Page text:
News / Middle East

    Turkish FM: NATO Will Continue in Libya

    Turkish Foreign Minister Ahmet Davutoglu addresses the media in Ankara (File Photo - August 15, 2011)
    Turkish Foreign Minister Ahmet Davutoglu addresses the media in Ankara (File Photo - August 15, 2011)

    Turkey's foreign minister says NATO will continue its military operations in Libya until security is fully restored. The vow comes as fighting rages in the Libyan capital, Tripoli, and as world leaders press Libyan leader Moammar Gadhafi to step down.

    Ahmet Davutoglu told reporters Tuesday in the rebel stronghold, Benghazi, that frozen Libyan assets should be released to the Libyan people, who urgently need the resources. He reiterated Turkey's support for the rebel opposition Transitional National Council, as rebels continued fighting for control of Gadhafi's stronghold, Tripoli.

    Late Monday, U.S. President Barack Obama said Moammar Gadhafi's rule is "coming to an end."  The president called on Gadhafi to prevent further bloodshed and instruct loyalist forces who continue fighting "to lay down their arms for the sake of Libya." He also called on opposition forces to build a democratic government through "peaceful, inclusive and just" measures.

    Neighboring Egypt formally recognized Libya's rebel national council on Monday as the representative of the Libyan people. Libyans began their uprising after an Egyptian revolt that ended president Hosni Mubarak's three-decade rule earlier this year.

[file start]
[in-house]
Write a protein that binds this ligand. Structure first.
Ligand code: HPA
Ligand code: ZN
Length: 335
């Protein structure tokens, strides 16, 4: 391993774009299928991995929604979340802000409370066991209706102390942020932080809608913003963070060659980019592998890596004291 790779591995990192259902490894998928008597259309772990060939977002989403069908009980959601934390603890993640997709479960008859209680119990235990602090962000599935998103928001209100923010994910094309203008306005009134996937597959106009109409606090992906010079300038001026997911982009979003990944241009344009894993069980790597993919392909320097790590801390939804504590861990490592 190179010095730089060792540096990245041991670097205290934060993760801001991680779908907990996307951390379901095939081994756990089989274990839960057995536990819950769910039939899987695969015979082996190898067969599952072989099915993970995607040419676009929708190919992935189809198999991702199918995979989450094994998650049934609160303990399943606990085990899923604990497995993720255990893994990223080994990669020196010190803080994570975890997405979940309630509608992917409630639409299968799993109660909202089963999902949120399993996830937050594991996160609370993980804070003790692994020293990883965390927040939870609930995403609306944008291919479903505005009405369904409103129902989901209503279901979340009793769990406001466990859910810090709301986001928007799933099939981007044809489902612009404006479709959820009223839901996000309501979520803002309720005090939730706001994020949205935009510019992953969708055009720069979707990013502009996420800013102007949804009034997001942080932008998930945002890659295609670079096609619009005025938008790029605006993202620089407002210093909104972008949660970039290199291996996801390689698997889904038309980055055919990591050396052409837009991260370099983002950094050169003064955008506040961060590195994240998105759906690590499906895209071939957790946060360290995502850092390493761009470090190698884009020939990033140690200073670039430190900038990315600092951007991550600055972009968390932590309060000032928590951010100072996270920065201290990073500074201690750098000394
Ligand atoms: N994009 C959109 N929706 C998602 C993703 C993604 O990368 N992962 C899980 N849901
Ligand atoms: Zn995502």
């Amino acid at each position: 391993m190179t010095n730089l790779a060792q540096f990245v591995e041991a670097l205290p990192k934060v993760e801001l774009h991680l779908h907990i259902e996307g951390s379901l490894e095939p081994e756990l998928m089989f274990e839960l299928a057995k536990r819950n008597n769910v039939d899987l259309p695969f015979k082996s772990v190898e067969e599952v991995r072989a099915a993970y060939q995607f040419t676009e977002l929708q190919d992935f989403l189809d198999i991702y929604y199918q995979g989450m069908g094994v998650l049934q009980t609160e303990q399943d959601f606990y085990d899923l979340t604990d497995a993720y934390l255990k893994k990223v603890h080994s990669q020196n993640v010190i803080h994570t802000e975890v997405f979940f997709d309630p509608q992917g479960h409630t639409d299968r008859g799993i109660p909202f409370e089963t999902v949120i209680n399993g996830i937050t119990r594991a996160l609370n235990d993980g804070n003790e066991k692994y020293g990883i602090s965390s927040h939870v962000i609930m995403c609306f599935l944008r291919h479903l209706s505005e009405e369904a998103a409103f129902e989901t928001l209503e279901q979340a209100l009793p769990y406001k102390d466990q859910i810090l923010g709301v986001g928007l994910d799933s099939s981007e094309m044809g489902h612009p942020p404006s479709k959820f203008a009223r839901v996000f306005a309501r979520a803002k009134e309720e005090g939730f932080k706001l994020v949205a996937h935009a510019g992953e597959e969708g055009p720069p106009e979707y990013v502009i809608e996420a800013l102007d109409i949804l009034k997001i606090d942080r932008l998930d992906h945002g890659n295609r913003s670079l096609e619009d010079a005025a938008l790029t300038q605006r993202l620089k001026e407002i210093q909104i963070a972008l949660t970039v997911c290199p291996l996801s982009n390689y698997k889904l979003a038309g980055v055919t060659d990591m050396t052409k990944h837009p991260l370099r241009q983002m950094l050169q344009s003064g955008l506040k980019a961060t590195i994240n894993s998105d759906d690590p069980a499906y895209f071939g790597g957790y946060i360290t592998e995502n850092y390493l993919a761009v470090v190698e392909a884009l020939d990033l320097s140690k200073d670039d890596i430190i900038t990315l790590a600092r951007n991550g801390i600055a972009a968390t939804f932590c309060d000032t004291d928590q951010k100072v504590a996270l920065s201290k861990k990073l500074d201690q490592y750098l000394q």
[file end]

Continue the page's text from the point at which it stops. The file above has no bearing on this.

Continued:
The Arab League, the Palestinian Authority and Morocco also confirmed their support of the opposition.  Morocco's state-run MAP news agency said Foreign Minister Taib Fass Fihri will travel Tuesday to Benghazi.

    Earlier Monday, U.N. Secretary-General Ban Ki-moon called for a "smooth transition" and said the U.N. stands ready to provide the Libyan people with post-conflict assistance. Ban said he will hold urgent meetings on Libya this week with major organizations including the African Union, the European Union and the Arab League.

    In Paris, a French Foreign Ministry spokesman told VOA that Gadhafi's "time is over in Libya."

    French President Nicolas Sarkozy invited the head of Libya's opposition to travel to Paris in the next few days. France was the first country to recognize the opposition council as the legitimate representative of the Libyan people.

    Russia said Monday it hoped the rebel takeover in Tripoli would stop the "drawn-out bloodshed" that has brought suffering to the Libyan people. The Russian Foreign Ministry encouraged the international community to stay out of Libya's internal affairs.

    China said Monday it "respects the choice of the Libyan people" and hopes stability returns to the country quickly.

    British Prime Minister David Cameron said the rebel advance into Tripoli has helped the Arab Spring revolutions in the Middle East establish the beginnings of democracy in the region. He said London soon will be able to unfreeze foreign Libyan assets for use by the Libyan people.

    Libya's ambassador to the African Union took down the Gadhafi-era flag from Tripoli's embassy in Addis Ababa and replaced it with the pre-Gadhafi flag used by rebels.

    Some information for this report was provided by AP, AFP and Reuters.

     

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